Zapping plastic with a laser forged tiny diamonds

The result suggests diamonds could shower down within planets such as Neptune and Uranus

illustration of a laser passing through a plastic bottle with an inset showing tiny nanodiamonds that also connects to the interior of a planet

Starting from the same type of plastic found in soda bottles, scientists created tiny nanodiamonds (illustrated in inset). Researchers zapped the plastic with a laser (green) and probed it with X-rays (red). The work suggests that diamonds may form within ice giant planets such as Uranus and Neptune (lower right).


A laser blast produces miniature diamonds from plain-old plastic. That’s right, the same kind used in soda bottles.

When squeezed to about a million times Earth’s atmospheric pressure and heated to thousands of degrees Celsius, polyethylene terephthalate, or PET, forms nanodiamonds, physicist Dominik Kraus and colleagues report September 2 in Science Advances.

Ice giant planets, such as Neptune and Uranus, have similar temperatures, pressures and combinations of chemical elements as the materials in the study, suggesting that diamonds may rain down in those planets’ interiors. What’s more, the researchers say, the new technique could be used to manufacture nanodiamonds for use in quantum devices and other applications.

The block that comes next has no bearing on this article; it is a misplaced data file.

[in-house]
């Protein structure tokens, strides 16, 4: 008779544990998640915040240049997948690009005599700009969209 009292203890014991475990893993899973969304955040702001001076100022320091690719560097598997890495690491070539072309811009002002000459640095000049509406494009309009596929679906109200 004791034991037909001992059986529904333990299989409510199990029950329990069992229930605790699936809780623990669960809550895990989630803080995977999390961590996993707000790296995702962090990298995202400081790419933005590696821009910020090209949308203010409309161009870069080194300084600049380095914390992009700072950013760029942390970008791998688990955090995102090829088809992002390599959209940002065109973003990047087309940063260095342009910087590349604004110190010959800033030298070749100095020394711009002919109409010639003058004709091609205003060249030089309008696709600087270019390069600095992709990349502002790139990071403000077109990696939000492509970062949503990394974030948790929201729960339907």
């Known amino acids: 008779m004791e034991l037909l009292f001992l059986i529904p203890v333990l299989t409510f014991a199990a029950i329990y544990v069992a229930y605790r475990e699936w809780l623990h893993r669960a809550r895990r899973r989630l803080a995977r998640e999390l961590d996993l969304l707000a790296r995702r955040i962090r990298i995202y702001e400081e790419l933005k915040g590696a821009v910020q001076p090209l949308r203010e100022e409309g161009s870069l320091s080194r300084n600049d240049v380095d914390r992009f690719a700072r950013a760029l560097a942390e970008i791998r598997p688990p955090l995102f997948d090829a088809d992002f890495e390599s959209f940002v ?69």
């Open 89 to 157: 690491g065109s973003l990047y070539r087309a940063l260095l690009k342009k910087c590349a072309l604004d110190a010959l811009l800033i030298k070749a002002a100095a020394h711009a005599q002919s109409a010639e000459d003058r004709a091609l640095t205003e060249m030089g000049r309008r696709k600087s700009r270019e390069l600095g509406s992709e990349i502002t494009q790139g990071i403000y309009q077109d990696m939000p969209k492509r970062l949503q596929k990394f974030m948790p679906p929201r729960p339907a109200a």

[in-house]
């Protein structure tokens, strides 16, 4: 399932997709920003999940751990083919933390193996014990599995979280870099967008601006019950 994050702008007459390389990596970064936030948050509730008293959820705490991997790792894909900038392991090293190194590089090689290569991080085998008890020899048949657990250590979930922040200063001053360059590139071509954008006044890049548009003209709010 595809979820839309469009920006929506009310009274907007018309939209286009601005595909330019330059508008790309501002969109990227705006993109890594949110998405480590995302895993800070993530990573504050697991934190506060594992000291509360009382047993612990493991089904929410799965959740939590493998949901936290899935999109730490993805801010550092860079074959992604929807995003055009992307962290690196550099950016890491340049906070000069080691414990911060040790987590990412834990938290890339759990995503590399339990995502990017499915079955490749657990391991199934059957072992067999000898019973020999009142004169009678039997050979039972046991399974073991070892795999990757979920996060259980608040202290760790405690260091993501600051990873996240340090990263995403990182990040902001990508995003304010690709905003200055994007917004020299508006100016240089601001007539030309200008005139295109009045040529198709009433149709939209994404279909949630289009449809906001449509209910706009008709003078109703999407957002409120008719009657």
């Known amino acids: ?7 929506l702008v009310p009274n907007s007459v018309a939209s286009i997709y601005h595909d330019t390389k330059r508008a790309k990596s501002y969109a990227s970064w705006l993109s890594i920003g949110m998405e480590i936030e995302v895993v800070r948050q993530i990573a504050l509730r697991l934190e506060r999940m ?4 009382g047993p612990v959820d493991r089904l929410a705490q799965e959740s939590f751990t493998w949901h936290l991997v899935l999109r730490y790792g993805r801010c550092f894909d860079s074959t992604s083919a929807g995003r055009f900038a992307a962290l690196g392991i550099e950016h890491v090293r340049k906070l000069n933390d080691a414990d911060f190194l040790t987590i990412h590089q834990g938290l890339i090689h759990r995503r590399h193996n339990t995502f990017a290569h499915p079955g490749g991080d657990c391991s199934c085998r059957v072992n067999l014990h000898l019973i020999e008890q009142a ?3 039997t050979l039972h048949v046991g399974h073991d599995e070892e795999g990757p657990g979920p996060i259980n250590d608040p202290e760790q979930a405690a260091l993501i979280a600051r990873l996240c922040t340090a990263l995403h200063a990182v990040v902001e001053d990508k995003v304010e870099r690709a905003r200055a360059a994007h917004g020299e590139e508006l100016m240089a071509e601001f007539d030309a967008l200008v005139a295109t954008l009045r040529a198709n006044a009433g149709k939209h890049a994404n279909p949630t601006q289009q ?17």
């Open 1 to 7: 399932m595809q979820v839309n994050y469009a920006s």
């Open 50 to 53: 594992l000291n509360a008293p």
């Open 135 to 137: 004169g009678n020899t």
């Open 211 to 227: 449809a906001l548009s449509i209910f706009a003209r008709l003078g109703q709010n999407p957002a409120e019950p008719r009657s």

In the new study, researchers trained lasers on samples of plastic. Each laser blast sent a shock wave careening through the plastic, amping up the pressure and temperature within. Probing the material with bursts of X-rays revealed that nanodiamonds had formed.

Previous studies had created diamonds by compressing compounds of hydrogen and carbon. But PET, which is commonly used in food and drink packaging, contains not just hydrogen and carbon but also oxygen. That makes it a better match to the composition of ice giant planets like Neptune and Uranus. The oxygen seems to assist the diamond formation, says Kraus, of the University of Rostock in Germany. “The oxygen sucks out the hydrogen,” he says, leaving behind carbon which can then form diamond.

Nanodiamonds are commonly produced using explosives, Kraus says, a process not easy to control. The new technique could create nanodiamonds that are more easily tailored for particular uses, such as quantum devices made using diamond with defects where, for example, nitrogen atoms replace some of the carbon atoms (SN: 7/6/18).

“The idea is quite cool. You take water bottle plastic; you zap it with a laser to make diamond. How practical it is, I don’t know,” says physicist Marius Millot of Lawrence Livermore National Laboratory in California, who was not involved with the new study. How easily the diamonds could be recovered is unclear, he says. But, “it’s pretty neat to think about the idea.”

Physics writer Emily Conover has a Ph.D. in physics from the University of Chicago. She is a two-time winner of the D.C. Science Writers’ Association Newsbrief award.

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